A proviso to bear in mind here is that if only portions of your website are translated into visitors' native language, and they notice by comparing with the English-language version that large parts of content have not been translated at all, they may instead feel aggrieved that only a limited effort has been made to make the website accessible to them, and come to the conclusion that only an unsatisfactory, tokenistic effort has been made to port the website to their country.

The rule here is to ensure that when you take on the job of making your website available in another language, you cover all the important content and keep it up to date too so that it is apparent to speakers of that language that their needs continue to be supported by your business.

You should also be prepared for the possibility that you will be sent business enquiries in any and all languages your website has been translated into, so make sure that your translator or a competent translation agency is on standby to help you answer them if you cannot do so by yourself. There is no point in attracting contact form messages in Russian, Arabic or Mandarin Chinese if you can't make head or tail of any of these languages and are quick to write off such messages as spam. Be prepared to follow through on the business your multilingual website attracts. If your business or organisation is big enough to be selling to non-English-speaking customers, then your investment in it needs to be sufficient to serve their needs in their languages. One method large international companies are likely to use is to employ a dedicated representative customer services or sales agent for each export market they serve. If you do not have the sales volume to afford this resource, then at least you need to hire on an ad-hoc basis the services of a translation agency or interpreter to facilitate your communications with speakers of languages you support but cannot speak or read yourself.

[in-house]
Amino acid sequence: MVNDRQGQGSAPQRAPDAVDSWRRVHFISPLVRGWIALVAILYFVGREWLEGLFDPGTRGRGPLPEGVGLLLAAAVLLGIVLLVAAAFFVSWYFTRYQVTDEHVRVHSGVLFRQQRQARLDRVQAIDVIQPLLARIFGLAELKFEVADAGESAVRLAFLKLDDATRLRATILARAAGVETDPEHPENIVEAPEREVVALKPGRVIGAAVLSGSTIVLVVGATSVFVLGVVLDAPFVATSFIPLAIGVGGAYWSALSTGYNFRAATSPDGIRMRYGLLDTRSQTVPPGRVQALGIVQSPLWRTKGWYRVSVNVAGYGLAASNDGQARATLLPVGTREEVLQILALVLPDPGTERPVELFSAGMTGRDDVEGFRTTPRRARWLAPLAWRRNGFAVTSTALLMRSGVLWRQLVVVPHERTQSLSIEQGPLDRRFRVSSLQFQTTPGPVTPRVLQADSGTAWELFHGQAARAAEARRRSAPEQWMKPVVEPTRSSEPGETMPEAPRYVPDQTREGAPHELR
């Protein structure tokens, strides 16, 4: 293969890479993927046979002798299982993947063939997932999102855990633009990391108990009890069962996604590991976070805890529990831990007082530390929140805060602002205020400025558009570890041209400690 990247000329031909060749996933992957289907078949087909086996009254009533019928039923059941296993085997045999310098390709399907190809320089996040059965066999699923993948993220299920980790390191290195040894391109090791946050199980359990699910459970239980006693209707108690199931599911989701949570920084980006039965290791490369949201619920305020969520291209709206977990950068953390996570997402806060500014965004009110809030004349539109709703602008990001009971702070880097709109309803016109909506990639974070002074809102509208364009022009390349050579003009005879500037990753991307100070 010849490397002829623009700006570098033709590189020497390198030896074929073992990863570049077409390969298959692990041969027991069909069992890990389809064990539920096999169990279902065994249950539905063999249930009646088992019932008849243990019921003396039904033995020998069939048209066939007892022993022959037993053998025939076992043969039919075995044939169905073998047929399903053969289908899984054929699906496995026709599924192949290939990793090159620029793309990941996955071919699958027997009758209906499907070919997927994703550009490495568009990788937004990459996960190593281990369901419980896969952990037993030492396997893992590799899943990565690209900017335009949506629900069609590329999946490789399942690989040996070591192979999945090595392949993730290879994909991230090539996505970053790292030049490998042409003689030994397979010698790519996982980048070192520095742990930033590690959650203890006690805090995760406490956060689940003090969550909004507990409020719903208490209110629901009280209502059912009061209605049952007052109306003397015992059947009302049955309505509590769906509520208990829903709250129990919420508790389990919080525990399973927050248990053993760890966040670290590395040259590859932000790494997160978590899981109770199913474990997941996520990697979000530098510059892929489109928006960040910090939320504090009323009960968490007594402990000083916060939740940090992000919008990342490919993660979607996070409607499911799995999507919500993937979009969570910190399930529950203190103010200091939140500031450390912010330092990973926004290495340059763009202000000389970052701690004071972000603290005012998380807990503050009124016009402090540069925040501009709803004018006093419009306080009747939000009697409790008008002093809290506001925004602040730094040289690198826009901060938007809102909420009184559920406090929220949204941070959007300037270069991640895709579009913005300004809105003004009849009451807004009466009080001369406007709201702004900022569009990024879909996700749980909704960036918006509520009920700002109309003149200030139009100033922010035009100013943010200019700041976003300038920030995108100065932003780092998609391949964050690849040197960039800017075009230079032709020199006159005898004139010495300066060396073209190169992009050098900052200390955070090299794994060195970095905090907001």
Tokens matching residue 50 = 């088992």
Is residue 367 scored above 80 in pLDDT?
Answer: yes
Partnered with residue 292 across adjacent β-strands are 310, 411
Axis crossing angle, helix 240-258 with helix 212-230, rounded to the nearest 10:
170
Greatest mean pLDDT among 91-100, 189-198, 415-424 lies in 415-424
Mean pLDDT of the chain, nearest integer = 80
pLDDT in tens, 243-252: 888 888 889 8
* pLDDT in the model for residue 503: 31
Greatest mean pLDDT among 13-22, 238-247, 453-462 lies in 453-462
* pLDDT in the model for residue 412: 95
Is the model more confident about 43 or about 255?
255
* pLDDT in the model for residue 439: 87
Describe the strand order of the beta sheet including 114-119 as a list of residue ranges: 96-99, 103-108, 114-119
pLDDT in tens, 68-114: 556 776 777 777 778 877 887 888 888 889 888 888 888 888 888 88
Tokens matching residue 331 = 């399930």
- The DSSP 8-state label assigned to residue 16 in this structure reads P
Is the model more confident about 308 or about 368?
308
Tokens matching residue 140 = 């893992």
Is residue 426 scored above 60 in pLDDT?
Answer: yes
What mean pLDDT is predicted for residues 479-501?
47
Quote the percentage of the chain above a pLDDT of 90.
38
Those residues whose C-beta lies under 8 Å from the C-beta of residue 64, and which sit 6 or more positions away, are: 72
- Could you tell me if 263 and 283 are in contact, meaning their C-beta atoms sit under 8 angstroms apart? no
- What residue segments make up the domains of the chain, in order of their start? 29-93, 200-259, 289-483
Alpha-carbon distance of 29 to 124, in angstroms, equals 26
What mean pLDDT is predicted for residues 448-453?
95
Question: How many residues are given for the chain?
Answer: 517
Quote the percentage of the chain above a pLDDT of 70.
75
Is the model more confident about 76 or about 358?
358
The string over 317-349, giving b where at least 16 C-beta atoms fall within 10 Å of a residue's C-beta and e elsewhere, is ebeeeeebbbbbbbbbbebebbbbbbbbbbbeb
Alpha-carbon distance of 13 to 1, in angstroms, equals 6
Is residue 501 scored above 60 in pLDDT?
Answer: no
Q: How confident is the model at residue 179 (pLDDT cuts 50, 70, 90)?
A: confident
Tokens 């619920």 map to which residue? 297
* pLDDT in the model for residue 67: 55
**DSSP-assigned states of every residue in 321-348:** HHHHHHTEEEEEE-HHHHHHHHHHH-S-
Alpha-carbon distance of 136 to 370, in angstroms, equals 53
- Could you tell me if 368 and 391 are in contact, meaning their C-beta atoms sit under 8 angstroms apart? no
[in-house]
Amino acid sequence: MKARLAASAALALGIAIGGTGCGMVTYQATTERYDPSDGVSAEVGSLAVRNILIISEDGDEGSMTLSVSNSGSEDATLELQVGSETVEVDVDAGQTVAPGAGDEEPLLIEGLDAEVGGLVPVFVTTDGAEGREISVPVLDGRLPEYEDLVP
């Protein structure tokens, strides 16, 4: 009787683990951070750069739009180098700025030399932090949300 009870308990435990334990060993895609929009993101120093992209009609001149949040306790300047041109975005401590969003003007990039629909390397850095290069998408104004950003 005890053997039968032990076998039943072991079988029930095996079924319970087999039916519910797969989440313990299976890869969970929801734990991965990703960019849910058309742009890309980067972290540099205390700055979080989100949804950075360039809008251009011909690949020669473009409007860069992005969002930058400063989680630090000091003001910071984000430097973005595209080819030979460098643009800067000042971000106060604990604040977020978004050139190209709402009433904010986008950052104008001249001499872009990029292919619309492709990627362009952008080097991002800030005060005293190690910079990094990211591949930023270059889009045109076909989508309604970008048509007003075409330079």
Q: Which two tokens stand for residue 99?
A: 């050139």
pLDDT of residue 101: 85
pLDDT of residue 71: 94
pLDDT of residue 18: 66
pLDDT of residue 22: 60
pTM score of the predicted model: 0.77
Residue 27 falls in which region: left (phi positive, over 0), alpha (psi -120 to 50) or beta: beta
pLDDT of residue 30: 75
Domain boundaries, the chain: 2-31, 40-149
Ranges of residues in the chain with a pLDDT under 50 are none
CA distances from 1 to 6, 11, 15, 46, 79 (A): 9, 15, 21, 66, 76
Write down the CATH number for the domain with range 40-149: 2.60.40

6. Increased Conversion Rates

A properly serviced multilingual website that ticks all the right boxes in terms of localisation of messaging will lead to increased conversions from overseas customers as well as from expatriate customers in the UK who are native speakers of other languages. Without a multilingual website, you'll be lucky if more than a tiny fraction of your target market in foreign territories finds your website at all, and even if a few do find it, they are less likely to purchase from you than from comparable suppliers who offer the same information in their native language too.

Multilingual sites extend the international presence of your website and the reach of your product and service offering, increasing the likelihood that both people overseas and non-native speakers of English in the UK will visit your website, understand and engage with its contents, and ultimately become customers, donors, or collaborators - as appropriate, depending on the essential mission and purpose of the site.